Cooking Underground on Rapa Nui


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Cooking Underground on Rapa Nui

Commonly known as Easter Island, the tiny Pacific island of Rapa Nui is famous for its massive moai statues, but it's also home to a centuries-old cooking method that involves slow-cooking meat underground.

"The most isolated inhabited place in the world."

That's what I read about Rapa Nui in the in-flight magazine as I made the five-hour trip from Chile out into the vast emptiness of the Pacific Ocean.

It's more commonly known as Easter Island, commemorating its Easter Day discovery by the first European visitors who came aboard a Dutch ship in 1722.

What its captain, Jacob Roggeween, found was a Polynesian people long since cut off from the rest of humanity, covered in tattoos and encircled by mysterious stone faces erected all along the coast. Their expressions stoic, their backs to the sea, they stood silently. Guardians looking in and down toward the people.


They are the moai statues that have long since become synonymous with Rapa Nui and put it on the map. Although, having said that, most people would be hard pressed to point to where it's supposed to be on a globe. I know I couldn't before I came here.


Moai on Rapa Nui. All photos by the author.

More than 2,250 miles from the nearest point of South America and another 2,500 miles from Tahiti, to this day, Rapa Nui society remains largely unknown by even the most intrepid traveler.

Sure, the megalithic sculptures have been depicted often enough to look familiar. But the island, born out of the ocean by a series of violent volcanic eruptions, has so much more going on, in scenery and in culture. Millennia of Polynesian traditions have risen and fallen here. The Tapati festival, which takes place for two weeks every February, is the clearest reflection of this vibrancy.

This is why I'd come.

"Iorana korua [hello, everybody]! I welcome each of you, and communicate a message of love and hope." A cloaked man moved his hand, gesturing to the crowds assembled for the festival's opening ceremony in the tiny, laid-back capital of Hanga Roa.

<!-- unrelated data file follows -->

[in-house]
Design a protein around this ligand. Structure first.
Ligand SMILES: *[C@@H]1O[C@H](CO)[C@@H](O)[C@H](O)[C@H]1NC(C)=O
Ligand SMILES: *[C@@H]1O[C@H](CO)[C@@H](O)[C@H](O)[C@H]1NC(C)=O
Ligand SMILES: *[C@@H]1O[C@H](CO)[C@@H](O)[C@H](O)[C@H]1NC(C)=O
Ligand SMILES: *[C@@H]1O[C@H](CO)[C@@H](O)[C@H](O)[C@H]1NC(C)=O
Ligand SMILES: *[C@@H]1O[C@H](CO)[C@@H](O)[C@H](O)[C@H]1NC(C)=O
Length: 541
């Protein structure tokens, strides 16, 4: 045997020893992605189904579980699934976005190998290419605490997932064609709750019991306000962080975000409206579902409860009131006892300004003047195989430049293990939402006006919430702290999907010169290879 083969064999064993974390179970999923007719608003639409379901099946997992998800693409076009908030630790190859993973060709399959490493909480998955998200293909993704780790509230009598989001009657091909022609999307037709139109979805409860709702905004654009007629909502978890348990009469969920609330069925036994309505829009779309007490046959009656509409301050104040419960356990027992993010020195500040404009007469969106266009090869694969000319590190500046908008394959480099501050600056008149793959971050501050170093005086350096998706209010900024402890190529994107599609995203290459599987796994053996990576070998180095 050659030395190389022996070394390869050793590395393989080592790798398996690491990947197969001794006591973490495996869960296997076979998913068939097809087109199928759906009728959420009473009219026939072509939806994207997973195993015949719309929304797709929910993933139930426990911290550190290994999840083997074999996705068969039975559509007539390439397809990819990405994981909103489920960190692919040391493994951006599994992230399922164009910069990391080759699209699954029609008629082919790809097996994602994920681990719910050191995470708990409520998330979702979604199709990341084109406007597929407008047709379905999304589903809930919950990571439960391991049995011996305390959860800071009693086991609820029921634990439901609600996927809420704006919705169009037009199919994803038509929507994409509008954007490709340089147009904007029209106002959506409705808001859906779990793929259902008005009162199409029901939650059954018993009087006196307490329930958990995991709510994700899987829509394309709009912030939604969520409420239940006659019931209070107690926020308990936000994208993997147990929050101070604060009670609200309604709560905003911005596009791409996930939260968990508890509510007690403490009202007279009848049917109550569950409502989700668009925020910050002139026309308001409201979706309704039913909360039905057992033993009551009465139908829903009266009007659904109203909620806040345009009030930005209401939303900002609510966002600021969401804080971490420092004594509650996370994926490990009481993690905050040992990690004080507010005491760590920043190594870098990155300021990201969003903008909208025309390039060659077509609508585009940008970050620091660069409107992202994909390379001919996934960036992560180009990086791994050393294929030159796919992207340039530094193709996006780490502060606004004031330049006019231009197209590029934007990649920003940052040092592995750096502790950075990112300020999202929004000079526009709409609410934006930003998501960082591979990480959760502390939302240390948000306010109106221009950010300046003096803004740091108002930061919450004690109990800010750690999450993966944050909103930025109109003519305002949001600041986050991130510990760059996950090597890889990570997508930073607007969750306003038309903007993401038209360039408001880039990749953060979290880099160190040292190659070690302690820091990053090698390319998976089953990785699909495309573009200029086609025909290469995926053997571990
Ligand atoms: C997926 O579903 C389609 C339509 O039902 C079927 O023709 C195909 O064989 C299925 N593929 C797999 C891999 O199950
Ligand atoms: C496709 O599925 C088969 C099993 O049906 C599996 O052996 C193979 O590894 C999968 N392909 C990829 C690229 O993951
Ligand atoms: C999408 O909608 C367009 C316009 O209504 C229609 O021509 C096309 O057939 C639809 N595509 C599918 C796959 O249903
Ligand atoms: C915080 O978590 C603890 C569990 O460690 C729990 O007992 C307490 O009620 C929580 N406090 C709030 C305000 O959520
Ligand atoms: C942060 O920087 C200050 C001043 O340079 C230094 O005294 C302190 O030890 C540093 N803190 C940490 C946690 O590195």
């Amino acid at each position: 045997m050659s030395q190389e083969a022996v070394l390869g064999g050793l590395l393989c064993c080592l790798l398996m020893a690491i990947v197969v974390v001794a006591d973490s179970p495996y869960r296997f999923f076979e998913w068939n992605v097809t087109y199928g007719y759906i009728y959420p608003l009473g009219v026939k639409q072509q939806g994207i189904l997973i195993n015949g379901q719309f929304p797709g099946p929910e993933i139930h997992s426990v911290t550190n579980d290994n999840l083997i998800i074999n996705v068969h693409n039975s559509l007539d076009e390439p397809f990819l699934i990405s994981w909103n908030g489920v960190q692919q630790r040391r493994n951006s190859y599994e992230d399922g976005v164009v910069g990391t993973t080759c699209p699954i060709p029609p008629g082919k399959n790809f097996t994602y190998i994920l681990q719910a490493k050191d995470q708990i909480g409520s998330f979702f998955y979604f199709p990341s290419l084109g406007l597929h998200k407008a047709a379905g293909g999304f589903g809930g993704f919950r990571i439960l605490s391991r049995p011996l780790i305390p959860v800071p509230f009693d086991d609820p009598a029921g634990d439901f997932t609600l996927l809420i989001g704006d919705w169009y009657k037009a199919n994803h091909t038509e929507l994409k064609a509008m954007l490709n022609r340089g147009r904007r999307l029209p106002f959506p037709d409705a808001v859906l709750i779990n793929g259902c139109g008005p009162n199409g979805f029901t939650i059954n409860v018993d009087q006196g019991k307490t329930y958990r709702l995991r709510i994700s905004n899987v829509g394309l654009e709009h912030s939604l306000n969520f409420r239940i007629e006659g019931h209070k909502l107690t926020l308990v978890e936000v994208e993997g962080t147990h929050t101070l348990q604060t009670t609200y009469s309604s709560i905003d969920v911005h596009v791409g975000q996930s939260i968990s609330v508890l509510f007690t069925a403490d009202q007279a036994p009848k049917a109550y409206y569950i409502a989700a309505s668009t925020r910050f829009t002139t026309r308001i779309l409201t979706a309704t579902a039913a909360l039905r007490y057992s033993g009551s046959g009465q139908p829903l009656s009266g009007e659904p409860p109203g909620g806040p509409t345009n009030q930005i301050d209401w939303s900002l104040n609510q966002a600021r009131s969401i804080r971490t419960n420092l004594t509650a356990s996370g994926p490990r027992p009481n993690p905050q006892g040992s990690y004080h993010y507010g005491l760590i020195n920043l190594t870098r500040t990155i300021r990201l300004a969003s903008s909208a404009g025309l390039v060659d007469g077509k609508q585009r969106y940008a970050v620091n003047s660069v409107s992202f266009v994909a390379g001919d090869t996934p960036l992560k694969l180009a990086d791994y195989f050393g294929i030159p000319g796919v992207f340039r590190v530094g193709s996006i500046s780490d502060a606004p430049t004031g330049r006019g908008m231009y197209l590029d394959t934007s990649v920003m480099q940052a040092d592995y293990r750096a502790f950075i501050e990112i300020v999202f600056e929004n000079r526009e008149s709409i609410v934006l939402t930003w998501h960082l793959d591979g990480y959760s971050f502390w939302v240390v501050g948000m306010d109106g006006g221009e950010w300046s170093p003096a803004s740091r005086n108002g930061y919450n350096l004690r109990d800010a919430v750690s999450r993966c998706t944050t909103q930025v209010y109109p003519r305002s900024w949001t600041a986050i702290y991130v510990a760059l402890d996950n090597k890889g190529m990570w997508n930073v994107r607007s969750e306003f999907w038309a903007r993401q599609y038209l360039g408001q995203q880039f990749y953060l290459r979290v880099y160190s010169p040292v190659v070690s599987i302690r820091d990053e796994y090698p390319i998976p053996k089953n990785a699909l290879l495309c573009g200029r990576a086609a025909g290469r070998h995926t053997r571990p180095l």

Locals prepare for the Tapati festival.

The stage lights and the moon illuminated the symbols painted on his skin in white, black, and brown, and the feathers and dried grass of his traditional dress rippled in the sea breeze. It seemed like most of the island's population of 5,800 people—along with hundreds of tourists—were all there with me at that beautiful venue.


Palm trees were swaying silhouettes around us, just out of reach of the waves. Rising smoke from the pop-up barbecue stands faded around beautiful women with garlands of flowers in their hair.


"We will remember during this festivity and show the world our ancestral arts and the cultural, social, and artistic legacy that our ancestors passed onto us," he continued before gesturing to a heap of large leaves and stones on the ground: a feast offering.

Called an umu pae, meaning "food under earth," it's the process by which the Rapa Nui traditionally cooked food in small underground ovens dug into the earth.

A communal enterprise, it's organised by island families, long observed as an entreaty to their ancestral god Make-Make for blessings for important events.


The umu pit, covered.

It's practiced in other parts of Polynesia too, but the form of preparing it on Rapa Nui is closer to curanto, a Native American Mapuche tradition in the south of Chile. One theory is that the early Polynesian colonizers of Rapa Nui reached southern Chile by boat in the pre-Hispanic period, bringing the curanto tradition to their eventual homeland.

It starts off as a dugout pit lined on the bottom and sides with volcanic stones, which help regulate the temperature. A fire is lit. Banana leaves cover the base, on top of which a layer of meat is placed. This is covered with more leaves and then potatoes or taro, as well as poe, a dense local cake made from banana, taro, or pumpkin. More rocks, leaves, and finally earth cover the subterranean oven, which is marked by a ring of smooth stones.


The first night's offering went to the front row dignitaries. But I was told the sharing of food to family and strangers alike would continue over the next two weeks, to seek good luck for the upcoming Tapati competitions.